S5: I think the answer to the question really depends on whether you think the Justice Department maintains its independence in the kind of BRX era. Right. What do you think? The attorney general is working as the attorney general of the United States or as President Trump’s attorney general? So do you think that the Justice Department has become hopelessly politicized and you might have a fair question to raise about whether or not Senator Burr was targeted here? Because you look at the history, those close to the Trump White House are not fans of Senator Burr, because if you’ll recall his. Part of the Russia investigation, Senator Burr helped approve a subpoena of Donald Trump Jr. to bring him before the committee. That was a surprising move by Senator Burr and really angered a lot of folks in the Trump orbit. If you think that the Justice Department maintains a level of independence here, you can look at the evidence and see that there’s a fair amount of evidence to suggest wrongdoing and at least enough evidence to investigate which has been happening.
S1: I wonder if you can talk a little bit about the differences you saw in how different news organizations handled the story know, because it looked really different if you went over or went over to Fox News vs., say, NPR.
S5: Well, I don’t think you can understate the influence of Fox News commentary in primetime. Right. And if you what was really remarkable to me during this period was how quickly Tucker Carlson, a very prominent Fox News host, turned on Senator Burr and targeted Senator Burr in particular on these issues of stock trades. And it really kind of set the tone for the conservative response to this scandal, which is. No one was lining up to defend Senator Burr at any point, and in fact, Tucker Carlson explicitly asked for Senator Byrd to resign, which is a remarkable demand from a Fox News host to a Republican, a sitting Republican senator. That was a very important moment. I think this set the tone for how folks on the right would respond to this.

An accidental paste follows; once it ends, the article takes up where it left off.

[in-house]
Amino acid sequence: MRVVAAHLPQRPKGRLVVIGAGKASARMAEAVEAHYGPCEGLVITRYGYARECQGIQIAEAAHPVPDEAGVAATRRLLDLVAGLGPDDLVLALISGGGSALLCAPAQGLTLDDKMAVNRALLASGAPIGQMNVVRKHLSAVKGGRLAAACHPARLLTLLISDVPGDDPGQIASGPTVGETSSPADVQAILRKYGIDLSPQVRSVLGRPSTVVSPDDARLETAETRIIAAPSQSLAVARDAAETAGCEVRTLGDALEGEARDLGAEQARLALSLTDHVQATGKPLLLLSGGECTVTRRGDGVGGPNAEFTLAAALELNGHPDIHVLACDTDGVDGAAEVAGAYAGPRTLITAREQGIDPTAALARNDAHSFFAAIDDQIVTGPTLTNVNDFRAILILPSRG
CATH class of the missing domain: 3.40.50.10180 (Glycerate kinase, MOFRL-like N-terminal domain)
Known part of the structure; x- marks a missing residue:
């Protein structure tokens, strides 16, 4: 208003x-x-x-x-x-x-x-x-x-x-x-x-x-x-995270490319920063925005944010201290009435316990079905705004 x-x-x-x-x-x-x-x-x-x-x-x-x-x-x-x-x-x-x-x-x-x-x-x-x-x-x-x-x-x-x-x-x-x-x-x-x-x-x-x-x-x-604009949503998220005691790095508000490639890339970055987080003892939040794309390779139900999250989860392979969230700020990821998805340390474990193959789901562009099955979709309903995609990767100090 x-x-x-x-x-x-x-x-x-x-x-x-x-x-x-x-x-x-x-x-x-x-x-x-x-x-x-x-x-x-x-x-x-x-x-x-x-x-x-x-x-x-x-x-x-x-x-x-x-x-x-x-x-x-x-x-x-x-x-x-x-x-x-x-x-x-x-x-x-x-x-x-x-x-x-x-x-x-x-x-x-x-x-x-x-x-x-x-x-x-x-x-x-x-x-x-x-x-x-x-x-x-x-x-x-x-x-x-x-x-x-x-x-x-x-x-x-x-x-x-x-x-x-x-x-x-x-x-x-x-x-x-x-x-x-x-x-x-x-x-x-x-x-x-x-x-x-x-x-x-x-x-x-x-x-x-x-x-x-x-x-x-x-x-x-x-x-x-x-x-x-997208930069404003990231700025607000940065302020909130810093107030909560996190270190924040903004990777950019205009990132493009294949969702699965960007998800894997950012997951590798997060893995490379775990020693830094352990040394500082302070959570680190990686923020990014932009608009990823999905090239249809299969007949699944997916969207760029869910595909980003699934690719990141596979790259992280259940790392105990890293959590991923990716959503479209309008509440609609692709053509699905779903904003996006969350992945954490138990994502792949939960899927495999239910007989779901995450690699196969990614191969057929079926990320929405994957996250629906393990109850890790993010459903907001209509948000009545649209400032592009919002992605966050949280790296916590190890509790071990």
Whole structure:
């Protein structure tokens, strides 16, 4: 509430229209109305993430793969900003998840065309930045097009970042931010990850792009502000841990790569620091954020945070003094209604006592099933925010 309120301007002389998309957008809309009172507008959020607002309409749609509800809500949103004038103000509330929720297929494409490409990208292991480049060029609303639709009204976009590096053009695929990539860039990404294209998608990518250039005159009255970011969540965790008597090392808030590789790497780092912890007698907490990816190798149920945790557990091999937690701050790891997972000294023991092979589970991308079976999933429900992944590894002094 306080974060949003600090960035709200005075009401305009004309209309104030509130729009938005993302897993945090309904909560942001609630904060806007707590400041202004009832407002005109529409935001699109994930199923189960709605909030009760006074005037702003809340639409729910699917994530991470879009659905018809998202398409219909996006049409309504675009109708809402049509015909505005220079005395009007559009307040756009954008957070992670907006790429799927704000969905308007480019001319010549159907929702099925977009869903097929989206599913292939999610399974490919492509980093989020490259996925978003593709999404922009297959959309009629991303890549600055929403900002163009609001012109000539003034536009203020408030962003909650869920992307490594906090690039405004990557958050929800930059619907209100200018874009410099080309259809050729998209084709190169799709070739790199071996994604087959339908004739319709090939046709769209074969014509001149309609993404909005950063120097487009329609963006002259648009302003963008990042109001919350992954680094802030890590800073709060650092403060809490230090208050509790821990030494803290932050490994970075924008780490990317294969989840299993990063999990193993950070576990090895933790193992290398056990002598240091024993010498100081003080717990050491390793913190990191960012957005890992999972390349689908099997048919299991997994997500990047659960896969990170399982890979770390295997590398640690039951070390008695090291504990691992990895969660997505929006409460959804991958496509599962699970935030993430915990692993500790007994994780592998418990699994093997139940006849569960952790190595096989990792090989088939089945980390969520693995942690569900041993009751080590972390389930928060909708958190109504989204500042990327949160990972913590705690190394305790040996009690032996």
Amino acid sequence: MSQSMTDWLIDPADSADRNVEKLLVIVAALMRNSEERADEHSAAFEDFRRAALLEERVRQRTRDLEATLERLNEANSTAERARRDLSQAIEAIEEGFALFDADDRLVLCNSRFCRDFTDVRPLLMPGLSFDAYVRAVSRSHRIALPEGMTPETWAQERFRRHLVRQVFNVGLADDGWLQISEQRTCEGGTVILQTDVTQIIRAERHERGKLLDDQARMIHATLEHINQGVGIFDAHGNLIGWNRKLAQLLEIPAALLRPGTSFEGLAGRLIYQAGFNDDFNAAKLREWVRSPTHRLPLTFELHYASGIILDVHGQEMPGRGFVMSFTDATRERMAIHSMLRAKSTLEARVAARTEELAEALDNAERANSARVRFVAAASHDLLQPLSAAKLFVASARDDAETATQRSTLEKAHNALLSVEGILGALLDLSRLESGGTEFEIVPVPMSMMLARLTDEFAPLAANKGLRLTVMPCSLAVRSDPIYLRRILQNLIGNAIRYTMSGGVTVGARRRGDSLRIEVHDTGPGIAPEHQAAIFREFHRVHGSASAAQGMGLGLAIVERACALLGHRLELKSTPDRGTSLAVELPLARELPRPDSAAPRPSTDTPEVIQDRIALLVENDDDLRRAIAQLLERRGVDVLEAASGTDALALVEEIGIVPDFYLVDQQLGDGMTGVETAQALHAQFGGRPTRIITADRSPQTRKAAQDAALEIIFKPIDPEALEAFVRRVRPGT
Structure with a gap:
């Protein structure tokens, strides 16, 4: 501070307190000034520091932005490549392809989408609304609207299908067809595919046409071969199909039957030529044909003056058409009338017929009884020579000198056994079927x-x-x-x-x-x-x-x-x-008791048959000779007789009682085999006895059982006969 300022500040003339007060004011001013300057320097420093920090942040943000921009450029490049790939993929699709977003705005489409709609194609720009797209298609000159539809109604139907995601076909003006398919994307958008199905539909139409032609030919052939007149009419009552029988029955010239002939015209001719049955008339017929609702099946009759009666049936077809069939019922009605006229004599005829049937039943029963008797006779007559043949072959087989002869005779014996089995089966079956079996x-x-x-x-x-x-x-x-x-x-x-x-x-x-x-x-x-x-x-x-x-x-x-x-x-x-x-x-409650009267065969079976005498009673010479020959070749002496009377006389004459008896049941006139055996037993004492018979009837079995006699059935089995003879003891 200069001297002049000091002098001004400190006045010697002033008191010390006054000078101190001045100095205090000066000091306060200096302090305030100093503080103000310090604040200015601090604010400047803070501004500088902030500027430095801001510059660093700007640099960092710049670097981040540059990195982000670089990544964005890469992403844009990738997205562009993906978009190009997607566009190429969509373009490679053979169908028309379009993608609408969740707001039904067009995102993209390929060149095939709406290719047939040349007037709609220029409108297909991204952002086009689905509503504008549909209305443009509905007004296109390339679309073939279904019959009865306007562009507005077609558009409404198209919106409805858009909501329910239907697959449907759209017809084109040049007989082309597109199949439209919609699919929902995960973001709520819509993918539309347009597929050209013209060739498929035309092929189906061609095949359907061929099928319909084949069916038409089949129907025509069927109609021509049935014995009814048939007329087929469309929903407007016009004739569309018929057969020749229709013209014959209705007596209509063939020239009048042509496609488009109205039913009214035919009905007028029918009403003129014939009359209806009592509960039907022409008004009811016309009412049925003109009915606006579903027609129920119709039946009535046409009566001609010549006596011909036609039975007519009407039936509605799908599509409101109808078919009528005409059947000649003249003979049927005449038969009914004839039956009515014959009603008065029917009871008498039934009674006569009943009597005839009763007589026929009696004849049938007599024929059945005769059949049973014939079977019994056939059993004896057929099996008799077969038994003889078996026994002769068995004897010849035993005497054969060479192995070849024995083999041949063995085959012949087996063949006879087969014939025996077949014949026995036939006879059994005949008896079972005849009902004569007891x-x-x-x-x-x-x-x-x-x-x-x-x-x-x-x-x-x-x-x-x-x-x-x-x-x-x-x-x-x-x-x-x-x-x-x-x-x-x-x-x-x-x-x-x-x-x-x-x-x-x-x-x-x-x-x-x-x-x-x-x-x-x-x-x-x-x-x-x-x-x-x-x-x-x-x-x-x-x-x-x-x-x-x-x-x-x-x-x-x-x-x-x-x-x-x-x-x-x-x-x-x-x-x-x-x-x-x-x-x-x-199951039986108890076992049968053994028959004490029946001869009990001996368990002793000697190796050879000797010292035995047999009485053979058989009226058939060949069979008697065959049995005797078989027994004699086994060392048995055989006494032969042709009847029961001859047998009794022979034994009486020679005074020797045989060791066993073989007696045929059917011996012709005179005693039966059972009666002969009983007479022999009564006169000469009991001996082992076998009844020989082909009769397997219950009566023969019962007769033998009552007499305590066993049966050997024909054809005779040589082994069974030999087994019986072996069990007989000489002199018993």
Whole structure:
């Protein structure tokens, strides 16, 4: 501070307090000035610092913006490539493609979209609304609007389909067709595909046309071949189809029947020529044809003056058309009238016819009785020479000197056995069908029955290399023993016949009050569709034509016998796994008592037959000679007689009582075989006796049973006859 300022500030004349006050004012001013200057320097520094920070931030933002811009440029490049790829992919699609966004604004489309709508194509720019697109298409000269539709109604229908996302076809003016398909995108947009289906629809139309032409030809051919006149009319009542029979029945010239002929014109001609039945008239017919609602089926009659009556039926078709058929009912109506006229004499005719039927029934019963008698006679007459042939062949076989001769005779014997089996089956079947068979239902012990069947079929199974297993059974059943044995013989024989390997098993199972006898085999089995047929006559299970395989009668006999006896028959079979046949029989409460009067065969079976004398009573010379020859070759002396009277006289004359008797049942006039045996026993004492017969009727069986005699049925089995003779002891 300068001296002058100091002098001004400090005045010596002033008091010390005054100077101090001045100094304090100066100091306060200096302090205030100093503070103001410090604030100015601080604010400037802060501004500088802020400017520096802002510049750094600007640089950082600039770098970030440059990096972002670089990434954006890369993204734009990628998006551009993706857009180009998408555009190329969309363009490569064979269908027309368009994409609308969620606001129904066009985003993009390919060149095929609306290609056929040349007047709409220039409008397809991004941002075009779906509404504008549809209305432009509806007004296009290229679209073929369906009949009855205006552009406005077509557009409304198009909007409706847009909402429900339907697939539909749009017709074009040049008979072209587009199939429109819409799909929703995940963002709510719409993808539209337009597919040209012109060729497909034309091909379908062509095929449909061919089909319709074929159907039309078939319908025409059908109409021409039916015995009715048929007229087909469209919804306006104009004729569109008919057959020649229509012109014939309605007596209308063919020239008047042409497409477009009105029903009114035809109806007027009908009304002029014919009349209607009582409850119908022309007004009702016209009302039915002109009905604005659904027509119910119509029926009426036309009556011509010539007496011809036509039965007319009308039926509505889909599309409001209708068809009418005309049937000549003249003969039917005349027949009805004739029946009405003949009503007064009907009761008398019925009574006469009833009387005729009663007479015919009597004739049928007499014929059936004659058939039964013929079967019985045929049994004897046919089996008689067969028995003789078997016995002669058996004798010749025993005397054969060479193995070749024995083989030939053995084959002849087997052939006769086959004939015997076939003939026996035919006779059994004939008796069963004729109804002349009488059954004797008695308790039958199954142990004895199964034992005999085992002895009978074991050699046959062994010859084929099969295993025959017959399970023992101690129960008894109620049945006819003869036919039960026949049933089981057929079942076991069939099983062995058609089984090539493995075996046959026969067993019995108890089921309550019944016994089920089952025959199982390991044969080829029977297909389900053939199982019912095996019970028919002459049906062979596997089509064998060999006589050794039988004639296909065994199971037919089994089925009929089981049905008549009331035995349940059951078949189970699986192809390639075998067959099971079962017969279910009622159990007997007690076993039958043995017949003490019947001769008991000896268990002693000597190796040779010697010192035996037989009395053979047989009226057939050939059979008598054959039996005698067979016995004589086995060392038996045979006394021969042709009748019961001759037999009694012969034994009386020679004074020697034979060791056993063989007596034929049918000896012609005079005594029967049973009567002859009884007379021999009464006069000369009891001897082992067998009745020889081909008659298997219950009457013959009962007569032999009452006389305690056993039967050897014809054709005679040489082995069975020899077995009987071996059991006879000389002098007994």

S2: Then maybe there’s an honest explanation for what he did. If there is, he should share with the rest of us immediately. Otherwise, he must resign from the Senate and face prosecution for insider trading. And I guess no.
S1: Senator Burr’s defense could be. Well, the insider information I was getting as the intel chair wasn’t the hotel industry is going to tank. And yet he sold a lot of hospitalities stock.
S2: You don’t need to have specific information that says, you know, is going to go down. It just needs to be material and nonpublic. Meaning if you or I, as a stock buyer or stock seller, were to have that information, it would be meaningful to you or me. So if he received it, for example, I’m not saying that he did. But if he if he did receive this briefing that outlined the number of deaths or the number of cases of coronavirus that were to come in America, that would have been non-public information and it would have been material. And if he may transactions based on that information, then there is a real possibility he could be charged with insider trading.
S1: Tim Mak, thank you so much for joining me. They thought. Tim Mak is NPR’s Washington investigative correspondent. And that’s the show. What Next is produced by Mary Wilson, Jason de Leon and Daniel Hewitt. We are collecting your stories about what your new normal looks like. Give us a call. Tell us what it’s like where you are. You can reach us at two zero two eight eight eight two five eight eight. All right. Thanks for listening. I’m Mary Harris. I’ll talk to you tomorrow.